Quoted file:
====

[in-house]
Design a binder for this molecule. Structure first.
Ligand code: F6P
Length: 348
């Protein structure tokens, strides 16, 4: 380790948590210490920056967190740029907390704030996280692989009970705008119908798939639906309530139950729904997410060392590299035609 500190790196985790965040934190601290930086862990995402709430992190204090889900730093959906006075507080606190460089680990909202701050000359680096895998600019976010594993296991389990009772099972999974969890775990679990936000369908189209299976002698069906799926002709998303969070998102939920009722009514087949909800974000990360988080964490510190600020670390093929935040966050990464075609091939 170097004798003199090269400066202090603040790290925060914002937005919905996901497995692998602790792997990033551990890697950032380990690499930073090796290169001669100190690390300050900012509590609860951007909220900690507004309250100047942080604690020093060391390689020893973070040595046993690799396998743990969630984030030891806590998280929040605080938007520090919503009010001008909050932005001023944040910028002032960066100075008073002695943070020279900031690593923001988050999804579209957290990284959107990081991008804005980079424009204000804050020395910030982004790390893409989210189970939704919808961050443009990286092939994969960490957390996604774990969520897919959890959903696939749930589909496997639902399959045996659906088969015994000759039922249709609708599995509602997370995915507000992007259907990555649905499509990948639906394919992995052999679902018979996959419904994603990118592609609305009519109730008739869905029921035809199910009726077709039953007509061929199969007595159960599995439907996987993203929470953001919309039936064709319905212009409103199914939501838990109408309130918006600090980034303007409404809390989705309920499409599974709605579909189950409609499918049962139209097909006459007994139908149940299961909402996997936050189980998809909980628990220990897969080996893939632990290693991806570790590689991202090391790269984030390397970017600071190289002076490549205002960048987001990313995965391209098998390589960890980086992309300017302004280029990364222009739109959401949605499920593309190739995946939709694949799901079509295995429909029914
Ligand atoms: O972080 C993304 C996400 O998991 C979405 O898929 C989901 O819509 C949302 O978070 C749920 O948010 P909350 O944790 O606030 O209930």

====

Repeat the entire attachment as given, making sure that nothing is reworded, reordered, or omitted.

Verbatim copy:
[in-house]
Design a binder for this molecule. Structure first.
Ligand code: F6P
Length: 348
């Protein structure tokens, strides 16, 4: 380790948590210490920056967190740029907390704030996280692989009970705008119908798939639906309530139950729904997410060392590299035609 500190790196985790965040934190601290930086862990995402709430992190204090889900730093959906006075507080606190460089680990909202701050000359680096895998600019976010594993296991389990009772099972999974969890775990679990936000369908189209299976002698069906799926002709998303969070998102939920009722009514087949909800974000990360988080964490510190600020670390093929935040966050990464075609091939 170097004798003199090269400066202090603040790290925060914002937005919905996901497995692998602790792997990033551990890697950032380990690499930073090796290169001669100190690390300050900012509590609860951007909220900690507004309250100047942080604690020093060391390689020893973070040595046993690799396998743990969630984030030891806590998280929040605080938007520090919503009010001008909050932005001023944040910028002032960066100075008073002695943070020279900031690593923001988050999804579209957290990284959107990081991008804005980079424009204000804050020395910030982004790390893409989210189970939704919808961050443009990286092939994969960490957390996604774990969520897919959890959903696939749930589909496997639902399959045996659906088969015994000759039922249709609708599995509602997370995915507000992007259907990555649905499509990948639906394919992995052999679902018979996959419904994603990118592609609305009519109730008739869905029921035809199910009726077709039953007509061929199969007595159960599995439907996987993203929470953001919309039936064709319905212009409103199914939501838990109408309130918006600090980034303007409404809390989705309920499409599974709605579909189950409609499918049962139209097909006459007994139908149940299961909402996997936050189980998809909980628990220990897969080996893939632990290693991806570790590689991202090391790269984030390397970017600071190289002076490549205002960048987001990313995965391209098998390589960890980086992309300017302004280029990364222009739109959401949605499920593309190739995946939709694949799901079509295995429909029914
Ligand atoms: O972080 C993304 C996400 O998991 C979405 O898929 C989901 O819509 C949302 O978070 C749920 O948010 P909350 O944790 O606030 O209930």